John Huston first read the novel by B.Traven in 1936, and thought it would make a good film. He would have to wait ten years, however, due to World War II, but Warner's held the project for him at the insistence of producer Henry Blanke. The Treasure of the Sierra Madre became one of the first American films to be shot entirely on location, around the village of Jungapeo, Mexico. Several films by Robert Flaherty and F.W. Murnau had been made abroad for American studios, but they were documentaries and were brought to companies only after they were filmed. Huston's film was also expensive; the ever-growing budget topped out at three million, much to the consternation of Jack Warner. Insistent upon perfection, Huston plowed through his budget and slipped further behind schedule, prompting the first argument between the director and Bogart, now on their fourth collaboration. During this spat, Bogart, eager to wrap the film in order to attend a boat race in Honolulu, complained yet again to Huston. In response, Huston reached across the table, grabbed Bogart's nose between his two fingers and twisted hard. Tears came to the actor's eyes, but not one word was spoken, and Bogart never complained about the film schedule again. Huston knew he had a masterpiece on his hands and he would not be rushed.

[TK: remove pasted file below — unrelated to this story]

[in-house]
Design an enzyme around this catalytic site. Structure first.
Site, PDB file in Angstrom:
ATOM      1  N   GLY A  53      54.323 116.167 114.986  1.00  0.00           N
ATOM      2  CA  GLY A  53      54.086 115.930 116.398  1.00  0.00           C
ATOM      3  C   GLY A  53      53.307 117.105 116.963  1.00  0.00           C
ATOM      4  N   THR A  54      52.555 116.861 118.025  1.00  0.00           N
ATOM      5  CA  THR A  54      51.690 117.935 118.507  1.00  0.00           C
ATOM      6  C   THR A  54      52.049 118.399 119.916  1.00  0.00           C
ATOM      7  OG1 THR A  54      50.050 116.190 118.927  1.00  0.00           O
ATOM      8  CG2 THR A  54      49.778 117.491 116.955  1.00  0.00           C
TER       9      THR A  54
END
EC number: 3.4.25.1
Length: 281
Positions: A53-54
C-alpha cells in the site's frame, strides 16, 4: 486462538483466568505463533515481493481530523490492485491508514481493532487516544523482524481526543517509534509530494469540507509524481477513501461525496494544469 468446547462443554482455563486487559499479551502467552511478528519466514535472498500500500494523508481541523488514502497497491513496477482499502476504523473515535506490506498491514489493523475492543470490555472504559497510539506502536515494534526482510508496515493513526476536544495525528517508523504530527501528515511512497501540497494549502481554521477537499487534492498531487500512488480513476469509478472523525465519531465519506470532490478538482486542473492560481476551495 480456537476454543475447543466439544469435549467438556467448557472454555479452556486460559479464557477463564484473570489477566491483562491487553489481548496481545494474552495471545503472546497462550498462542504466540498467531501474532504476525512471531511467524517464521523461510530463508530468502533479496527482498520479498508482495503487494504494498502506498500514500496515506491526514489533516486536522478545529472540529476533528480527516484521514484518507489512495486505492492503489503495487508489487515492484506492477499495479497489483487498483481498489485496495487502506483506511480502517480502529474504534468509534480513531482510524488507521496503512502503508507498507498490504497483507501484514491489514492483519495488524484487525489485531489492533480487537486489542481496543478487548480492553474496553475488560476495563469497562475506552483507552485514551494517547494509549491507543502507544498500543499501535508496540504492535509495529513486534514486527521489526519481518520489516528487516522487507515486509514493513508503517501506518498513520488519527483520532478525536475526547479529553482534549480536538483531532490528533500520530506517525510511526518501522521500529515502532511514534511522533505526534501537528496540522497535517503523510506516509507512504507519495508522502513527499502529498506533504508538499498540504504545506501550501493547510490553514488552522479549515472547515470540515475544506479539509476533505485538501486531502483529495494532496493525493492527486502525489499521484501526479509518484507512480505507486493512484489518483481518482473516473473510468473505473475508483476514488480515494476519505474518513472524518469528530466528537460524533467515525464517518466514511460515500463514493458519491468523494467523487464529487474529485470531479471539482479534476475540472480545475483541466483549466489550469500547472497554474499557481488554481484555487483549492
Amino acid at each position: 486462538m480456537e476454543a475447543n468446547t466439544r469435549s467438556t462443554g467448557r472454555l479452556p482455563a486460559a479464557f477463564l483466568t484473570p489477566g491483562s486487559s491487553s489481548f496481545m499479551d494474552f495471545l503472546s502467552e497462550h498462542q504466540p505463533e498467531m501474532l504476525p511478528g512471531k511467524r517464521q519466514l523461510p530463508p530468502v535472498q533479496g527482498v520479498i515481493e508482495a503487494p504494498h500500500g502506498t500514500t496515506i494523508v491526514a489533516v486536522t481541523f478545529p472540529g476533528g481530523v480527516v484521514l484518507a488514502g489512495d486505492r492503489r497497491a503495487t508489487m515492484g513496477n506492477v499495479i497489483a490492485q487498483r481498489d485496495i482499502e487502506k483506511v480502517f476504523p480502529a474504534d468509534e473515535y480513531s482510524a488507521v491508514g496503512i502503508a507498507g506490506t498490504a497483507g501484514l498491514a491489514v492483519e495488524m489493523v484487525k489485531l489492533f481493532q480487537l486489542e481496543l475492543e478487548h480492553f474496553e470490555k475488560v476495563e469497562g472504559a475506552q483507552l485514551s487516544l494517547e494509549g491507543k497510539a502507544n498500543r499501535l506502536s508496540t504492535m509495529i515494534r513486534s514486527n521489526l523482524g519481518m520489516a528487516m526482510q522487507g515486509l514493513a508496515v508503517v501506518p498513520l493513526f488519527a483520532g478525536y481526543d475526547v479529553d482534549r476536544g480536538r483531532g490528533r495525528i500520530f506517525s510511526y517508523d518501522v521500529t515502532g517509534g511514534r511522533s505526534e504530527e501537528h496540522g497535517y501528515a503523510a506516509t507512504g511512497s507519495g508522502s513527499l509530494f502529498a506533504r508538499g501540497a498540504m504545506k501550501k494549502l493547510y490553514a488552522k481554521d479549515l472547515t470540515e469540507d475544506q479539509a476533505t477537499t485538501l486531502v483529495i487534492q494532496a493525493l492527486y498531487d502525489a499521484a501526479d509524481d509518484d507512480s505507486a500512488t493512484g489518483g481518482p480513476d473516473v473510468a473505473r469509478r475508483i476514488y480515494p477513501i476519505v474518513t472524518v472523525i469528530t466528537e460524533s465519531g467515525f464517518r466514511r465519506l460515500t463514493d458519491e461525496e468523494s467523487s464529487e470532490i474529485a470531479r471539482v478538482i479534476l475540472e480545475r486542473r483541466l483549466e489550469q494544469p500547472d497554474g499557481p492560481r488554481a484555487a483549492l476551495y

Bogart, in what many consider his greatest performance, gets an opportunity to shed his suave leading man image created seven years prior in The Maltese Falcon (1941). His character undergoes a moral metamorphosisfrom a congenial, average guy to a murderous monster gripped by paranoia. The elder Huston, having been a matinee idol for the last twenty years, was unsure of his ability to play the crusty prospector. It took heavy prodding by his son and the removal of his false teeth to produce the character for which Huston would capture the Best Supporting Actor Oscar® of 1948. His son also collected Best Director and Best Screenplay Oscars®, making it the only time in Academy history for son and father to win in the same year. Plus, it achieves film history with the immortal quote by Gold Hat, "Badges? I don't have to show you any stinkin' badges!" Movies just don't get any better.

by Scott McGee & Eleanor Quin